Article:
|Picking the lovely berries at Whitted Bowers Farm in Cedar Grove, NC|
|A nice view of the berry fields!|
|A close up of the fresh picked berries|
As if just the joy of a peak season strawberry isn't enough to celebrate on its own, the Whitted Bowers strawberries are extra fabulous for another reason. Not only are they organic, but they are also biodynamic! Now perhaps that doesn't mean much to you, but I think it should for several reasons. First of all, strawberries are one of those foods on the Dirty Dozen list, meaning that they are in the top 12 foods for having pesticide contamination on the food if not organic. You can see a link to find out the other top 12 offenders from this CNN Link to the Dirty Dozen most pesticide exposed fruits and vegetables. So for me personally, I really go out of my way to buy organic strawberries or I just don't eat them.
But the even more exciting thing about Whitted Bowers' berries and food in general is that they also go the extra MILE to be certified by the Demeter association for biodynamics. Now to explain all about biodynamics would be a whole blog post in itself, but perhaps at first glance it is just good to know that the certification standards for Demeter exceed the standards of the US National Organic Program and the Stellar Organic Certification program. Rob Bowers, from Whitted Bowers Farm, once described it to me briefly as biodynamics being that the farmer pays attention to everything when it comes to farming. He wants to know what the planets are doing, he wants to know that the land is being nourished between seasons, and he wants to learn as much about the natural cycle of nature as possible to be able to farm in harmony with nature. The Demeter association says Biodynamic farming is a holistic and regenerative farming system that is focused on soil health, the integration of plants and animals, and biodiversity. It seeks to create a farm system that is minimally dependant on imported materials, and instead meets its needs from the living dynamics of the farm itself. It is the biodiversity of the farm, organized so that the waste of one part of the farm becomes the energy for another, that results in an increase in the farm’s capacity for self-renewal and ultimately makes the farm sustainable. To learn more about biodynamics, you can click here. There are also a lot of recommended readings from the site at Whitted Bowers farm.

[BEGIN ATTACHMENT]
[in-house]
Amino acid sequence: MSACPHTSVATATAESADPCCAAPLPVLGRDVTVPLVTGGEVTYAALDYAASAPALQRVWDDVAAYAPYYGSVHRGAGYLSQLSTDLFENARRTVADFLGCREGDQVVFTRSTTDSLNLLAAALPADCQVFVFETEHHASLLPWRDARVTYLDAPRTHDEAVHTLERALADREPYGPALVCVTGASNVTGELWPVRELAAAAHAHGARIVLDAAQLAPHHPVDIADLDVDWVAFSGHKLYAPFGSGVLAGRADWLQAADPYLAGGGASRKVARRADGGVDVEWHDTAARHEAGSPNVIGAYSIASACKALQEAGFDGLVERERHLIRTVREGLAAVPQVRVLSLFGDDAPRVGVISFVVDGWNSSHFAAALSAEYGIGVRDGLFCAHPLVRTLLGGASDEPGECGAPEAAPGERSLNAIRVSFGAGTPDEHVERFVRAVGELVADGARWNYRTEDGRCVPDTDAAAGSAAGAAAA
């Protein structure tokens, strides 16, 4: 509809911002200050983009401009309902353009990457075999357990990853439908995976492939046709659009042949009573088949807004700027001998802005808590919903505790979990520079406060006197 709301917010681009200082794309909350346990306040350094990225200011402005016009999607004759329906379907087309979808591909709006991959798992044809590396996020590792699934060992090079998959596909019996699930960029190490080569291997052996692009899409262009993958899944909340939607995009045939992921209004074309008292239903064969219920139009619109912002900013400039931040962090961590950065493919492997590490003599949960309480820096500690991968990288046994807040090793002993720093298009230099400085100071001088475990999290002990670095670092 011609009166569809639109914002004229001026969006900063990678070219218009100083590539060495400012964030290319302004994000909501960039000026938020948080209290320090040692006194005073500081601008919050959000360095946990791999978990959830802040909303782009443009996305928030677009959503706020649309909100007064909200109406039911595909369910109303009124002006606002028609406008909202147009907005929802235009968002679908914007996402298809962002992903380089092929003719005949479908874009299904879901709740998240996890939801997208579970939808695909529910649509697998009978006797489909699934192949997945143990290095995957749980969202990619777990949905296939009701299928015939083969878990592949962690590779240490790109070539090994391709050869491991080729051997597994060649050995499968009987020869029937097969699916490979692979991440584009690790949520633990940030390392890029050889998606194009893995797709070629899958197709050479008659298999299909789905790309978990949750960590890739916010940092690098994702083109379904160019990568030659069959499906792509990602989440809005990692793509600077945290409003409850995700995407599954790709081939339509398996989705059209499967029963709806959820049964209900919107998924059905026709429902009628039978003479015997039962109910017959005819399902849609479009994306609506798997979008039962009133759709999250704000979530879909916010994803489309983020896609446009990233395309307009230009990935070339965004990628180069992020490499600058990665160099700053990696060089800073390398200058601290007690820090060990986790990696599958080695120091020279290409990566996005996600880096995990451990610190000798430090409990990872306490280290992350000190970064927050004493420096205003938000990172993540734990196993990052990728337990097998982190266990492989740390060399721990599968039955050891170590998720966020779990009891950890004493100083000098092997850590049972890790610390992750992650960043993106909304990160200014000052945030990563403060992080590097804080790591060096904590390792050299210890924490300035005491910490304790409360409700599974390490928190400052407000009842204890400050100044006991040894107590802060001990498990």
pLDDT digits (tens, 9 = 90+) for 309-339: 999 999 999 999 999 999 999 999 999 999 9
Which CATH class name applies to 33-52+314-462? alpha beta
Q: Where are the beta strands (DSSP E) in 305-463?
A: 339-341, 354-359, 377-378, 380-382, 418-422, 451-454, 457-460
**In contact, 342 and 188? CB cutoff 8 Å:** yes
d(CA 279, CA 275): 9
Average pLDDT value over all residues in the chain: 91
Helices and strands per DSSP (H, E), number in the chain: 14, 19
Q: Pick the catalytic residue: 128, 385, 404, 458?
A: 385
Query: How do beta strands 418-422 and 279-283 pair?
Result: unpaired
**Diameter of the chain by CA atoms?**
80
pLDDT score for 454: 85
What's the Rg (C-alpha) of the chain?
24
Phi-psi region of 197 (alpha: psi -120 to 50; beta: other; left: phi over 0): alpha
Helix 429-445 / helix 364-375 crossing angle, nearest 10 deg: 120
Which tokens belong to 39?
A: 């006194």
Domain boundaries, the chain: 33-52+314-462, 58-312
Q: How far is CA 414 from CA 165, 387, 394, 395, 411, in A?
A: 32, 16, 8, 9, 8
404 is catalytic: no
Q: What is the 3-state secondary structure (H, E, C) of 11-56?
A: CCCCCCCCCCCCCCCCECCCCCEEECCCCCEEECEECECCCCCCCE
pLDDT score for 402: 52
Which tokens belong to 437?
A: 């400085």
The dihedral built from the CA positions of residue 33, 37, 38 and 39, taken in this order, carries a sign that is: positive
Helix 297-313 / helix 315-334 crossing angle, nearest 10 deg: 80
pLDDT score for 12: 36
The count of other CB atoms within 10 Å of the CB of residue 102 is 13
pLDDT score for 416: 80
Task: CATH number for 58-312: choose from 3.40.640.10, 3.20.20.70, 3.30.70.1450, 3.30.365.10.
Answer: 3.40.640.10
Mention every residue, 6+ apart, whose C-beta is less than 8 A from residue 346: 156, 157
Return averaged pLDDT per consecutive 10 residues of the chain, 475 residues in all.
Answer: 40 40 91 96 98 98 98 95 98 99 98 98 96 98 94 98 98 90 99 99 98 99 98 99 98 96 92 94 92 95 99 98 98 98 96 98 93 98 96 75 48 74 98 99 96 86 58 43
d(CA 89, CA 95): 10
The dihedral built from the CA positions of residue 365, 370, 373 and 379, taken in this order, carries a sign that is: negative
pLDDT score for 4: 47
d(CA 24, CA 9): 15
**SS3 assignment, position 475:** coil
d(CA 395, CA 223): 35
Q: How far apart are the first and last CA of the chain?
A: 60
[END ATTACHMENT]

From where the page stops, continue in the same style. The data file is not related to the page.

In celebration of all things strawberry, let me leave you with a link to one of my favorite children's books that is read on utube at this link: The Little Mouse, The Red Ripe Strawberry and the Big Hungry Bear. Yes, indeed, there's only one way to keep that red, ripe strawberry from the big hungry bear.... we'll cut it in two, share half with me, and we'll both eat it all up!